Our View: Moon landing showed what we can accomplish | TheUnion.com

Our View: Moon landing showed what we can accomplish

The Union Editorial Board

Imagine the moment before Neil Armstrong placed his foot on the moon’s surface for the first time.

The world waited, watching. Heart rates increased. Millions crowded around televisions to watch the live view of a human standing on another celestial body.

Armstrong descended the lander’s ladder and, with a simple step, performed one of mankind’s most significant acts.

Fifty years ago today our country achieved the seemingly impossible. In a year when our country could agree on little, the moon landing bound us together with a common goal. Rancor divided the nation, but the Apollo 11 mission united it. It drew us together in a way that no other feat could, created heroes our country needed and sparked wonder and awe that no other accomplishment has done since.

We still have much to learn from the July 20, 1969, moon landing.

It showed us what we can do when a strong leader with a vision pushes the boundaries of what’s possible. President John Kennedy called in 1961 for a man on the moon before the decade ended. Cost concerns and politics reared their heads, but the project kept going, kept pushing, until it became a reality.

Kennedy’s call was one our country answered — a challenge we accepted, fought for and achieved. Would that we could again have a vision that captures our attention and imagination with such vigor.

The moon landing could have been scuttled at any moment. No manned Apollo missions occurred for almost two years after the 1967 deaths of astronauts Gus Grissom, Ed White and Roger Chafee. Their deaths changed NASA, and the hard lessons they taught helped us put people on the moon and bring them safely back.

Chuck Yeager, a Nevada County resident best known for being the first person to break the sound barrier, served as a commandant of the U.S. Air Force Aerospace Research Pilot School. However, he was passed over for the astronaut program, even though he taught them, because he had no college degree.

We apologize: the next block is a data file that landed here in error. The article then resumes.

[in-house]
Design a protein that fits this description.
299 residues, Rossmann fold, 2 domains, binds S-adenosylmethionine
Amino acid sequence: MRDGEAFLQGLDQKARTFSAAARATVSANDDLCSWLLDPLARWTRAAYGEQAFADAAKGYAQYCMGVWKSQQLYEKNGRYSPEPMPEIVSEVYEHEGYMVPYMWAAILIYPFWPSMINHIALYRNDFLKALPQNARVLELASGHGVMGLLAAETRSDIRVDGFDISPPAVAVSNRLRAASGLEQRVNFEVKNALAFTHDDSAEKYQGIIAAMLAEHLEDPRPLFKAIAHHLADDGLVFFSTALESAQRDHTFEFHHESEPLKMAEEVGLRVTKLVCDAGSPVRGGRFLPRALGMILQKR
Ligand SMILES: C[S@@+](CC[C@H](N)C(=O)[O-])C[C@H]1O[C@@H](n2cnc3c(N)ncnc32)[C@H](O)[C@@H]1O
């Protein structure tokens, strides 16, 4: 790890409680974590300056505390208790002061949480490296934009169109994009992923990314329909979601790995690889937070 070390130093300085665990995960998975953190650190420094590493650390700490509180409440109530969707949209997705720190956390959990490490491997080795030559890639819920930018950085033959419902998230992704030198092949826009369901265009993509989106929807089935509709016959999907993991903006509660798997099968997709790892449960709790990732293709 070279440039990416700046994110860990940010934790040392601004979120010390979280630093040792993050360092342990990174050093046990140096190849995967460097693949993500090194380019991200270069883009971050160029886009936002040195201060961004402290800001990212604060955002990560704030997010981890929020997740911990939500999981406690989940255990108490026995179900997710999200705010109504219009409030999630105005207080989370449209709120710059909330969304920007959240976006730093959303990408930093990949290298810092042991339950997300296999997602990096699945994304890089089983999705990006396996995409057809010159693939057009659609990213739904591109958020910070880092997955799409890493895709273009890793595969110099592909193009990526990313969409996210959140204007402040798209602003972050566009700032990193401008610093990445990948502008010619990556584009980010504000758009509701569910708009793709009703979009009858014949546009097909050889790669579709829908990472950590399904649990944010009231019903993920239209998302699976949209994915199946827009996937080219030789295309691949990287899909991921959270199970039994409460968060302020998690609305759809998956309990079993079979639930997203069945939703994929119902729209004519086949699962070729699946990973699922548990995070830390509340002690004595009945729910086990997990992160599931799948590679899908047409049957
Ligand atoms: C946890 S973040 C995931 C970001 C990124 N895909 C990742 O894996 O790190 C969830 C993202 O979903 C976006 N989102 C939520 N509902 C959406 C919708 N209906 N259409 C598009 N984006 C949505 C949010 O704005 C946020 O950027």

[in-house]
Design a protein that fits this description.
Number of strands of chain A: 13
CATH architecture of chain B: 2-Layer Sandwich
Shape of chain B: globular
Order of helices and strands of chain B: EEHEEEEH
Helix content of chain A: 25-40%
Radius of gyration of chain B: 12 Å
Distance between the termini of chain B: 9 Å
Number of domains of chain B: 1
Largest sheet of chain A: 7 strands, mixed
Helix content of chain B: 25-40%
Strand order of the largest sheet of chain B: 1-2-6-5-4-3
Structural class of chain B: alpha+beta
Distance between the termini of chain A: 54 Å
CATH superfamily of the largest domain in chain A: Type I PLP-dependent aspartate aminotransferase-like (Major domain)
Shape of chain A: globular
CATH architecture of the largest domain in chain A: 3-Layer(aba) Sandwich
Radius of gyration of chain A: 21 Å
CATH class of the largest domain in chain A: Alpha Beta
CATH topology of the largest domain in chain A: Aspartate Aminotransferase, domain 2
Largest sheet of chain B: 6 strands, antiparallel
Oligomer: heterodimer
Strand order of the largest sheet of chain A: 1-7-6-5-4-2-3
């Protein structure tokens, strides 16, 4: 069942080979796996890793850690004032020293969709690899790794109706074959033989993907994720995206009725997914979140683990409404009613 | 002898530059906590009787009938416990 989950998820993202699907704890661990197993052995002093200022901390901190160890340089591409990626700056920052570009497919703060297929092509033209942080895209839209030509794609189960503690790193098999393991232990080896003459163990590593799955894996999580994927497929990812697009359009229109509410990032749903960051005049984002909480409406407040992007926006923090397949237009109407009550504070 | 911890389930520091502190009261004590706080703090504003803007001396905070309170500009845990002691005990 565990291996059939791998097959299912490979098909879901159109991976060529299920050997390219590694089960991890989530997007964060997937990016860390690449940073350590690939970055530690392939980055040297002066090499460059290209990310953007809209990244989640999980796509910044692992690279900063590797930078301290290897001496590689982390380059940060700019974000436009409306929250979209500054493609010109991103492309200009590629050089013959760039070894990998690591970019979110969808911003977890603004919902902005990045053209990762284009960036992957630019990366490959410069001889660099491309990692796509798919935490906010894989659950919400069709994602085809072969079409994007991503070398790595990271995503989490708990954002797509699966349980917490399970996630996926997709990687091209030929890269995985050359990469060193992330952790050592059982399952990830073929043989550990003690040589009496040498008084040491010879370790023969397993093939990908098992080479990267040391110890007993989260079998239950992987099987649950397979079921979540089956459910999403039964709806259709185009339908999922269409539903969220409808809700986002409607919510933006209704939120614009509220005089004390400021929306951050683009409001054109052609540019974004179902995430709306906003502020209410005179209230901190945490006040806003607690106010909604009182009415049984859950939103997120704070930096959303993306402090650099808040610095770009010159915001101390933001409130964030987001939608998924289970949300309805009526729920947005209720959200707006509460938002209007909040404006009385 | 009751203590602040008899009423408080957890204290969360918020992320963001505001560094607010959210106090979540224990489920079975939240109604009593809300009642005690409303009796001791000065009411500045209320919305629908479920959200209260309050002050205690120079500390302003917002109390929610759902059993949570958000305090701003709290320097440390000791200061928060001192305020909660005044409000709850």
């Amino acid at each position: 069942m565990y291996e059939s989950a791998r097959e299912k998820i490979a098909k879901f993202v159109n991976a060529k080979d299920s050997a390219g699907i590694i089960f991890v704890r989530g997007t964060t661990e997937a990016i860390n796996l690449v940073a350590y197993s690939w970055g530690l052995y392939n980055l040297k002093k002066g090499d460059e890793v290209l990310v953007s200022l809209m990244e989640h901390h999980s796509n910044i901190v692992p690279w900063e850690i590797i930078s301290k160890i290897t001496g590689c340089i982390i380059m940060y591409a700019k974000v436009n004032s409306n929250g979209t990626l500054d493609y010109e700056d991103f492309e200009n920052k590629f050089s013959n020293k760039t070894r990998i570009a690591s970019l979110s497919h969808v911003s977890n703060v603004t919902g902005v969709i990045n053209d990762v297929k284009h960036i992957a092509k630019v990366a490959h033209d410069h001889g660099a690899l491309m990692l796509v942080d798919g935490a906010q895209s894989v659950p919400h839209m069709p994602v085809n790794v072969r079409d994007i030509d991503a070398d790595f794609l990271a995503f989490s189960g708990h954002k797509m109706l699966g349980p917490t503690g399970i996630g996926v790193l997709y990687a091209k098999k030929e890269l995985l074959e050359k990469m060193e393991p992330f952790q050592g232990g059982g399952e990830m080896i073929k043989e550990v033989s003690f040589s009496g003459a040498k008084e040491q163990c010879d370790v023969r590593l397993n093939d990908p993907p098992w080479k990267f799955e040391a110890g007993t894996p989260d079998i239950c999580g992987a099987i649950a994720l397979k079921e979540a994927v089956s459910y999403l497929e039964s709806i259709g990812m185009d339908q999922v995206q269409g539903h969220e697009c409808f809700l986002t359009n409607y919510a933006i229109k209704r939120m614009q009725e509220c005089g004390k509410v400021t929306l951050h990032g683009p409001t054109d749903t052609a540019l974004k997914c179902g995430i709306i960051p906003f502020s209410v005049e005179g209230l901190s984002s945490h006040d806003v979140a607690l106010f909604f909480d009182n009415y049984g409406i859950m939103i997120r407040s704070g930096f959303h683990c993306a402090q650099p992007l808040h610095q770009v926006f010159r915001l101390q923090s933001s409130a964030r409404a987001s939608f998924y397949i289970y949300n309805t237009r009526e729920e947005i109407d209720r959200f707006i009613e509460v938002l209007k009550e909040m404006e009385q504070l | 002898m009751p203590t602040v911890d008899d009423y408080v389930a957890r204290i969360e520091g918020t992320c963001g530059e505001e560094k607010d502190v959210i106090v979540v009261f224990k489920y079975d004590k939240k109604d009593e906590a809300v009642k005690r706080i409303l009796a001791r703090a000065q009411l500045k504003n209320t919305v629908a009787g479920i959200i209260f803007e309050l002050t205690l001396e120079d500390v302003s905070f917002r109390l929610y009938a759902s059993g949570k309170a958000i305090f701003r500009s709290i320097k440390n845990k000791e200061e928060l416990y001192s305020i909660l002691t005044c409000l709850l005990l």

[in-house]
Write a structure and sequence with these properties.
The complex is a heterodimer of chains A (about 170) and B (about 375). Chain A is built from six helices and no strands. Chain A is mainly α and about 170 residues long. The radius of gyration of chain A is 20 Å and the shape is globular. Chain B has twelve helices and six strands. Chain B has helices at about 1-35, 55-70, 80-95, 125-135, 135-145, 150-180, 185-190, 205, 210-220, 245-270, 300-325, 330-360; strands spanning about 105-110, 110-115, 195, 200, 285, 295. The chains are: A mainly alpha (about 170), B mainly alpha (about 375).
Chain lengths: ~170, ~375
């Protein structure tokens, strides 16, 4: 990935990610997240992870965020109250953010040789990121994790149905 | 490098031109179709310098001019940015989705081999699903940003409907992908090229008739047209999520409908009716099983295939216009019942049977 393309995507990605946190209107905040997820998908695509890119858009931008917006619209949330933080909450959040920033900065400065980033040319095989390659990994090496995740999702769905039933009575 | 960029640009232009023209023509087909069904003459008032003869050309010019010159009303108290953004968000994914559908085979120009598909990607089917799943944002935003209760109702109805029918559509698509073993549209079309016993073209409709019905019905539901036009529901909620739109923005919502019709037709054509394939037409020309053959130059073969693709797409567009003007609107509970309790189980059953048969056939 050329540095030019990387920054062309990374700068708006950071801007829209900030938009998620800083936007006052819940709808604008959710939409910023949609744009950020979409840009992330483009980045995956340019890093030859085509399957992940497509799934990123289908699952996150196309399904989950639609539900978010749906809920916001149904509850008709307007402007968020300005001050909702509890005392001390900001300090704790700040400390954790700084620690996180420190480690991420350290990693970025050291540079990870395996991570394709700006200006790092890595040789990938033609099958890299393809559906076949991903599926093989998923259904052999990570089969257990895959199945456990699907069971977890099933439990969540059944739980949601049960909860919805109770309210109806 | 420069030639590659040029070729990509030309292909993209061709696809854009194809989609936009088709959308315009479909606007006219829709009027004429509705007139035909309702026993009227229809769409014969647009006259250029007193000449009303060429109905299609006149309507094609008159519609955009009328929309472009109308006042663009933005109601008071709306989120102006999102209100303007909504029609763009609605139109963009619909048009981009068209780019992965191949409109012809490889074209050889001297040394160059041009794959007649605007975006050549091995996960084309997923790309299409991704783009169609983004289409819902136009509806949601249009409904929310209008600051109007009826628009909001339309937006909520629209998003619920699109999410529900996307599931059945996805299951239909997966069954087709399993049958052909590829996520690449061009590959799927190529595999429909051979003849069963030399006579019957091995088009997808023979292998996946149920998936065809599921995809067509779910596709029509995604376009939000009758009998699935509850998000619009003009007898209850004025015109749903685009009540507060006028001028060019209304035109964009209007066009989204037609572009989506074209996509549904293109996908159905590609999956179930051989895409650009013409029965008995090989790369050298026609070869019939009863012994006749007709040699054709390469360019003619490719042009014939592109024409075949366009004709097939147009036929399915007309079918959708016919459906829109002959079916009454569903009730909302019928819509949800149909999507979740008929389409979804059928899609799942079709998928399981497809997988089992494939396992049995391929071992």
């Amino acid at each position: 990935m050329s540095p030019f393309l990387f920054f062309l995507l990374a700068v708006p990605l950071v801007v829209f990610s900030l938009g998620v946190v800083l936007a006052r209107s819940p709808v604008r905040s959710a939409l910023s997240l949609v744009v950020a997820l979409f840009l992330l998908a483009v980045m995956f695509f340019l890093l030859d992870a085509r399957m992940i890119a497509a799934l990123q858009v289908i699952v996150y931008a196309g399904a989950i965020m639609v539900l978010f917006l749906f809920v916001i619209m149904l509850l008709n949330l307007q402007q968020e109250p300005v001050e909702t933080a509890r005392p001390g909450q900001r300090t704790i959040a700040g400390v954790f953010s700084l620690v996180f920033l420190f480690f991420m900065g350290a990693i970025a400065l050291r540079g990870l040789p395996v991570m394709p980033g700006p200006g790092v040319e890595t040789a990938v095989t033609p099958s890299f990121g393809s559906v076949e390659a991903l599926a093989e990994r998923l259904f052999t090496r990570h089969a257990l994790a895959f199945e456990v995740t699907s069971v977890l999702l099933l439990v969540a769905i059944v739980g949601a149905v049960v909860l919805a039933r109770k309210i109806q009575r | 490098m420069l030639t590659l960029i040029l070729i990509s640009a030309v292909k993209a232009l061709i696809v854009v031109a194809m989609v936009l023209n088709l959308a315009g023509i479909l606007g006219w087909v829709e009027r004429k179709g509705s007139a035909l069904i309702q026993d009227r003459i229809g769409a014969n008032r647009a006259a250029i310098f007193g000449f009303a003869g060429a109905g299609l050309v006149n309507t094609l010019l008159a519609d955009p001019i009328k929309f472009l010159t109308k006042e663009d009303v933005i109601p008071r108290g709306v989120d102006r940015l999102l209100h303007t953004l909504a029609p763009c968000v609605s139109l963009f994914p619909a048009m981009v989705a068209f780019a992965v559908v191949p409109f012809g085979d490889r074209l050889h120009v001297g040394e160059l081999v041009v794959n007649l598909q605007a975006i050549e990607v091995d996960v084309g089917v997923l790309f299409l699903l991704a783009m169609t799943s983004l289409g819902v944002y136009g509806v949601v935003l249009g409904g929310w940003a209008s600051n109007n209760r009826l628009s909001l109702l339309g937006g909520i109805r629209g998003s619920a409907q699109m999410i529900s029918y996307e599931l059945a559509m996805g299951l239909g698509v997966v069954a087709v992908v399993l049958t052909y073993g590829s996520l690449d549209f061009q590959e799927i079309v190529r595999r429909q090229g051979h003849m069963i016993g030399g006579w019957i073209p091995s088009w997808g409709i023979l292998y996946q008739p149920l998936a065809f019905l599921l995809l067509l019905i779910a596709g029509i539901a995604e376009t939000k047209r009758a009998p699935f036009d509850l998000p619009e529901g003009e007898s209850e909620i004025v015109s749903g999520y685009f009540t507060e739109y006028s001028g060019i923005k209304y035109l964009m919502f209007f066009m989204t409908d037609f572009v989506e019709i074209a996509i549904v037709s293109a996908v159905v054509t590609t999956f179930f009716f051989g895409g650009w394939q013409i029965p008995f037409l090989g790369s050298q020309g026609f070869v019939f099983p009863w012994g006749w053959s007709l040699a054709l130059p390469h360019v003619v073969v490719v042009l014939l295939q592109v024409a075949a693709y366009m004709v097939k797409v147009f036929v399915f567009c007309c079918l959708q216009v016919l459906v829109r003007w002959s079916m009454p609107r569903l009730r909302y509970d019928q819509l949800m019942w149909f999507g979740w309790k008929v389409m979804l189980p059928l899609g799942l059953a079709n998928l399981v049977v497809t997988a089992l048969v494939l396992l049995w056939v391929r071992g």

These men and other heroes were rising to this challenge years before Kennedy made his speech. We know many of their names, but there are many more whose names we’ll never know. The men and women who worked behind the scenes over years, ensuring that one day we’d put a man on a satellite about 240,000 miles from Earth.

We need more of these heroes today.

Thing is, they’re all around us. Some of them work for NASA and others are pursuing space with a private company. Many of them are children who don’t yet know what they’ll do with their lives. As the years pass they’ll become the new generation of engineers and astronauts who will visit Mars and beyond.

Right now, tucked away in a corner of our nation, there’s a little girl musing over Armstrong’s words, 50 years after he said them: “That’s one small step for (a) man. One giant leap for mankind.”

These words, embedded in America’s consciousness, have and will shape the lives of an unknown number of people across our planet. The words will blossom in the minds of people, giving form to the next steps and leaps humankind will take.

Take time today to imagine that.

Our View is the consensus opinion of The Union Editorial Board, a group of editors and writers from The Union, as well as informed community members. Contact the board at EditBoard@TheUnion.com.


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